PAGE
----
Provided by: libtest-abortable-perl_0.002-1_all bug


       Test::Abortable - subtests that you can die your way out of ... but survive


       version 0.002


       Test::Abortable provides a simple system for catching some exceptions and turning them
       into test events.  For example, consider the code below:

         use Test::More;
         use Test::Abortable;

         use My::API; # code under test

         my $API = My::API->client;

         subtest "collection distinction" => sub {
           my $result = $API->do_first_thing;

           is($result->documents->first->title,  "The Best Thing");
           isnt($result->documents->last->title, "The Best Thing");

         subtest "document transcendence"   => sub { ... };
         subtest "semiotic multiplexing"    => sub { ... };
         subtest "homoiousios type vectors" => sub { ... };


       In this code, "$result->documents" is a collection.  It has a "first" method that will
       throw an exception if the collection is empty.  If that happens in our code, our test
       program will die and most of the other subtests won't run.  We'd rather that we only abort
       the subtest.  We could do that in a bunch of ways, like adding:

         return fail("no documents in response") if $result->documents->is_empty;

       ...but this becomes less practical as the number of places that might throw these kinds of
       exceptions grows.  To minimize code that boils down to "and then stop unless it makes
       sense to go on," Test::Abortable provides a means to communicate, via exceptions, that the
       running subtest should be aborted, possibly with some test output, and that the program
       should then continue.

       Test::Abortable exports a "subtest" routine that behaves like the one in Test::More but
       will handle and recover from abortable exceptions (defined below).  It also exports
       "testeval", which behaves like a block eval that only catches abortable exceptions.

       For an exception to be "abortable," in this sense, it must respond to a
       "as_test_abort_events" method.  This method must return an arrayref of arrayrefs that
       describe the Test2 events to emit when the exception is caught.  For example, the
       exception thrown by our sample code above might have a "as_test_abort_events" method that

           [ Ok => (pass => 0, name => "->first called on empty collection") ],

       It's permissible to have passing Ok events, or only Diag events, or multiple events, or
       none — although providing none might lead to some serious confusion.

       Right now, any exception that provides this method will be honored.  In the future, a
       facility for only allowing abortable exceptions of a given class may be added.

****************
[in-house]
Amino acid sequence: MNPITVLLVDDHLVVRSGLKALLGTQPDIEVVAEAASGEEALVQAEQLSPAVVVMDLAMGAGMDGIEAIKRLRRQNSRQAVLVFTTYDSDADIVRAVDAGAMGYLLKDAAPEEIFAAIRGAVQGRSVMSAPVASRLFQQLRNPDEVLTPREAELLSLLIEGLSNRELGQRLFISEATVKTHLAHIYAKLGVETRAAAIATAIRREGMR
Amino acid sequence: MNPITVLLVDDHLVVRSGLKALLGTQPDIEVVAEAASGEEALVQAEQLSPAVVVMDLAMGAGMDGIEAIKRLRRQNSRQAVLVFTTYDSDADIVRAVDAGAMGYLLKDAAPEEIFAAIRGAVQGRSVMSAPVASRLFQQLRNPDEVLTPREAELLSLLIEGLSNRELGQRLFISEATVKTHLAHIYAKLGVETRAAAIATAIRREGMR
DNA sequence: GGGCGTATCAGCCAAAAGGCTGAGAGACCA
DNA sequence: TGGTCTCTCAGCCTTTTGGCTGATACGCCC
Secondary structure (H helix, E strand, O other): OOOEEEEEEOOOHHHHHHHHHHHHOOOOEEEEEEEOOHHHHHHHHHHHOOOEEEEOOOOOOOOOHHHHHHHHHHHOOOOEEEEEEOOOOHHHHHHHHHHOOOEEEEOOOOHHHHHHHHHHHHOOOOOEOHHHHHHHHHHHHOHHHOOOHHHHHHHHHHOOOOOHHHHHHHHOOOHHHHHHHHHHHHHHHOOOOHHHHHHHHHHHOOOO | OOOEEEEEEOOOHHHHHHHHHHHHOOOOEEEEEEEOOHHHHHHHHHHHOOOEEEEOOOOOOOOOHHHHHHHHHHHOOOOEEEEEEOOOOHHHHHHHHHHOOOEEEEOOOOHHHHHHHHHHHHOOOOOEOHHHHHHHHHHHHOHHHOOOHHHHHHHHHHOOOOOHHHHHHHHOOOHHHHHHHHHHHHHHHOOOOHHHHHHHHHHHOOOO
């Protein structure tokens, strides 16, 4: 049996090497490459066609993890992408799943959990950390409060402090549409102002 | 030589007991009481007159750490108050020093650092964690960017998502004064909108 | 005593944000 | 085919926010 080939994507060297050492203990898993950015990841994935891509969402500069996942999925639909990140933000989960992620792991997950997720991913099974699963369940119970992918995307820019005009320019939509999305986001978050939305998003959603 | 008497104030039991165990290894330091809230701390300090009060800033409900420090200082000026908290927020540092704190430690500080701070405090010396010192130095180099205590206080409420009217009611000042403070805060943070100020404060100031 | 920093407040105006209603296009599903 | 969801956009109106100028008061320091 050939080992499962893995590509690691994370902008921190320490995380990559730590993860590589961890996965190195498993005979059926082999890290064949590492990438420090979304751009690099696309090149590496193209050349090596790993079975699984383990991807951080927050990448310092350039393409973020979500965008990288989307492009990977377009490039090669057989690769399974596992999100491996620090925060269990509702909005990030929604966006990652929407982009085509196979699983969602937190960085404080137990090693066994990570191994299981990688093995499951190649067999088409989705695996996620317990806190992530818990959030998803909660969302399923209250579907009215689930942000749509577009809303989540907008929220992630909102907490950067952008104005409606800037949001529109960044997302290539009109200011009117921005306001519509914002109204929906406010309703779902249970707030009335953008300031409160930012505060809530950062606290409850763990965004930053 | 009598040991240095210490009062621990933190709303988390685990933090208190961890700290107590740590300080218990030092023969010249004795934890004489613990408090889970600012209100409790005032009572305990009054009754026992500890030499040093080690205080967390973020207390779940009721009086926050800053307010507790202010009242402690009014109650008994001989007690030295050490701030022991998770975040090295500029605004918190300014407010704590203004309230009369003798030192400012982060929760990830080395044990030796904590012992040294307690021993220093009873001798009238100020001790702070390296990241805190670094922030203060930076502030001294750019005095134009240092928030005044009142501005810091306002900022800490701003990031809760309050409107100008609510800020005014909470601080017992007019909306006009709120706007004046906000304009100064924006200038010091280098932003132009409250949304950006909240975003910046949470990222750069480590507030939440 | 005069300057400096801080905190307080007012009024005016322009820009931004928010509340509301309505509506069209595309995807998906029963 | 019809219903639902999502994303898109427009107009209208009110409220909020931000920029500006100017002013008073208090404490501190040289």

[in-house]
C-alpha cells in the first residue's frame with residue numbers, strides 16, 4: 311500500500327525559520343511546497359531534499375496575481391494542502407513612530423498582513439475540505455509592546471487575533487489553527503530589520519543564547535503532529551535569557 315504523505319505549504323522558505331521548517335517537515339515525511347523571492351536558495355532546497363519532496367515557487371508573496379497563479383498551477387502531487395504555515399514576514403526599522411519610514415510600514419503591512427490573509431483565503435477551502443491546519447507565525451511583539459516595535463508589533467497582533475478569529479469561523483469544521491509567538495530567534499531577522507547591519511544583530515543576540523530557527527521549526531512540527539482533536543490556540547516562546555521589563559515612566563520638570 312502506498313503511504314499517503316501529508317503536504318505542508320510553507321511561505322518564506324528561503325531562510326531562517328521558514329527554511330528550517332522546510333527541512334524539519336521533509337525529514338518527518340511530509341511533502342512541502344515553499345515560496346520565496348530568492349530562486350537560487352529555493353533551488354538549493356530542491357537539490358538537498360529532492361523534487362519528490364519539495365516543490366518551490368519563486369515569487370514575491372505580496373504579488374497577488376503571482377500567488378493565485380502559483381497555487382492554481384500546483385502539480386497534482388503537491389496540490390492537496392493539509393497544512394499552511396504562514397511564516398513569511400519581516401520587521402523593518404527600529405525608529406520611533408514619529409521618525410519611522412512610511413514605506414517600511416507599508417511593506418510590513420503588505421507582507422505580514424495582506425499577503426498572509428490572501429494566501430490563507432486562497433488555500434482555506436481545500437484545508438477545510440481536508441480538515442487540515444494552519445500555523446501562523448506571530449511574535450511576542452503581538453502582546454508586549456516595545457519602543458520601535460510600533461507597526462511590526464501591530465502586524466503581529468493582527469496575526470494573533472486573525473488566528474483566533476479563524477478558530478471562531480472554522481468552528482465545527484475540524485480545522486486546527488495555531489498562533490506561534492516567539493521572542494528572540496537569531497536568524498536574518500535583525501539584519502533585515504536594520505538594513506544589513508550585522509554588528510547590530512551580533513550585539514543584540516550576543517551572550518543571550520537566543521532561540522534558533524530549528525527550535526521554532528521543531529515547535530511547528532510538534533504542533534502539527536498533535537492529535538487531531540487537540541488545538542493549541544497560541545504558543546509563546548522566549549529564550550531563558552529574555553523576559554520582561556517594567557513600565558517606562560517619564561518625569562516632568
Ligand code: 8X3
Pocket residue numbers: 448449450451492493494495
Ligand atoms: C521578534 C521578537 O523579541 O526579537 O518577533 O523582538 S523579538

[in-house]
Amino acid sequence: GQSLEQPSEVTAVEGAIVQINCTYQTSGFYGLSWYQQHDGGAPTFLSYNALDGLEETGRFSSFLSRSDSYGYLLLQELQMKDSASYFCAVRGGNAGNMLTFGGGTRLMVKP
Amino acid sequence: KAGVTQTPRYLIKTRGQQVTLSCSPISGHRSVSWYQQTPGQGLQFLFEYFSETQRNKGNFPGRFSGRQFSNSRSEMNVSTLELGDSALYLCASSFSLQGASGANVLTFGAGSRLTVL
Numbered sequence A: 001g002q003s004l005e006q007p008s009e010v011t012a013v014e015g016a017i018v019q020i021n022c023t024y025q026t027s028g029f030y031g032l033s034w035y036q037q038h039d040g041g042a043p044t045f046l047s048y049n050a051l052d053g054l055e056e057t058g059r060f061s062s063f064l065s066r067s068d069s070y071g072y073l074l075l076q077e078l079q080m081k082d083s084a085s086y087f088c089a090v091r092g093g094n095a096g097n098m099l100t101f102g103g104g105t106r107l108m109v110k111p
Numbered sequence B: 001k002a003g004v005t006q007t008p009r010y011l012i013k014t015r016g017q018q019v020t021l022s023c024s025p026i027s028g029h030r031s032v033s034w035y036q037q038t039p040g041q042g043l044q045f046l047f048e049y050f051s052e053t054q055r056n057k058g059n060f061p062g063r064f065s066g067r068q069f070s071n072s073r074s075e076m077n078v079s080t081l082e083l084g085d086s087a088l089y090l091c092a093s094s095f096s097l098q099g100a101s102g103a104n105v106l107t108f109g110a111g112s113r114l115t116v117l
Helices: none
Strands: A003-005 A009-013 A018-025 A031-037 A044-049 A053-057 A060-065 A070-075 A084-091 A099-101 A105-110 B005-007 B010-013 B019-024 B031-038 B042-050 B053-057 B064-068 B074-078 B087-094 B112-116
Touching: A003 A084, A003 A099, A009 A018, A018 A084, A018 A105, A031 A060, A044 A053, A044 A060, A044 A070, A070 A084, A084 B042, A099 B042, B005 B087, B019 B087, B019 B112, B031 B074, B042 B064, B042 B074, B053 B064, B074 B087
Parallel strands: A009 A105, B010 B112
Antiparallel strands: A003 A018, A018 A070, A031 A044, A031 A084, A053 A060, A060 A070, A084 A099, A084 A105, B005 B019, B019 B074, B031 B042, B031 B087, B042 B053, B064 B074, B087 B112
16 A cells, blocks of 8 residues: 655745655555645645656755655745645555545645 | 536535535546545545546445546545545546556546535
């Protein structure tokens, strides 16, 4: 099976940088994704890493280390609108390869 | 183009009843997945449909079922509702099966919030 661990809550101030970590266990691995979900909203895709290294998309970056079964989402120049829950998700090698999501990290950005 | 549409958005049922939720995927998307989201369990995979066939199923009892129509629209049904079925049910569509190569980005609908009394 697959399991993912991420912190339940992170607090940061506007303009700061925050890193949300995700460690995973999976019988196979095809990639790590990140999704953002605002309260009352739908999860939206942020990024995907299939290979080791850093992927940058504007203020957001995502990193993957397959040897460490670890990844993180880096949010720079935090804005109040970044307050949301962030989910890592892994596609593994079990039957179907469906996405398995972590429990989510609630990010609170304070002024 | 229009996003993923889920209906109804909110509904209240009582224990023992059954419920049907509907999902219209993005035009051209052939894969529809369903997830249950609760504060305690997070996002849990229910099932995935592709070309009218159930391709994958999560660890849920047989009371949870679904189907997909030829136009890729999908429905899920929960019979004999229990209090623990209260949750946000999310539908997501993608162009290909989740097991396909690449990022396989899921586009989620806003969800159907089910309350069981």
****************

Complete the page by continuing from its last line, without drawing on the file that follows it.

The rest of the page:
subtest "do some stuff" => sub {

       This routine looks just like Test::More's "subtest" and acts just like it, too, with one
       difference: the code item passed in is executed in a block "eval" and any exception thrown
       is checked for "as_test_abort_events".  If there's no exception, it returns normally.  If
       there's an abortable exception, the events are sent to the test hub and the subtest
       finishes normally.  If there's a non-abortable exception, it is rethrown.

         my $result = testeval {
           my $x = get_the_x;
           my $y = acquire_y;
           return $x * $y;

       "testeval" behaves like "eval", but only catches abortable exceptions.  If the code passed
       to "testeval" throws an abortable exception "testeval" will return false and put the
       exception into $@.  Other exceptions are propagated.


       You don't need to use an exception class provided by Test::Abortable to build abortable
       exceptions.  This is by design.  In fact, Test::Abortable doesn't ship with any abortable
       exception classes at all.  You should just add a "as_test_abort_events" where it's useful
       and appropriate.

       Here are two possible simple implementations of trivial abortable exception classes.
       First, using plain old vanilla objects:

         package Abort::Test {
           sub as_test_abort_events ($self) {
             return [ [ Ok => (pass => 0, name => $self->{message}) ] ];
         sub abort ($message) { die bless { message => $message }, 'Abort::Test' }

       This works, but if those exceptions ever get caught somewhere else, you'll be in a bunch
       of pain because they've got no stack trace, no stringification behavior, and so on.  For a
       more robust but still tiny implementation, you might consider failures:

         use failures 'testabort';
         sub failure::testabort::as_test_abort_events ($self) {
           return [ [ Ok => (pass => 0, name => $self->msg) ] ];

       For whatever it's worth, the author's intent is to add "as_test_abort_events" methods to
       his code through the use of application-specific Moose roles,


       Ricardo SIGNES <>


       This software is copyright (c) 2016 by Ricardo SIGNES.

       This is free software; you can redistribute it and/or modify it under the same terms as
       the Perl 5 programming language system itself.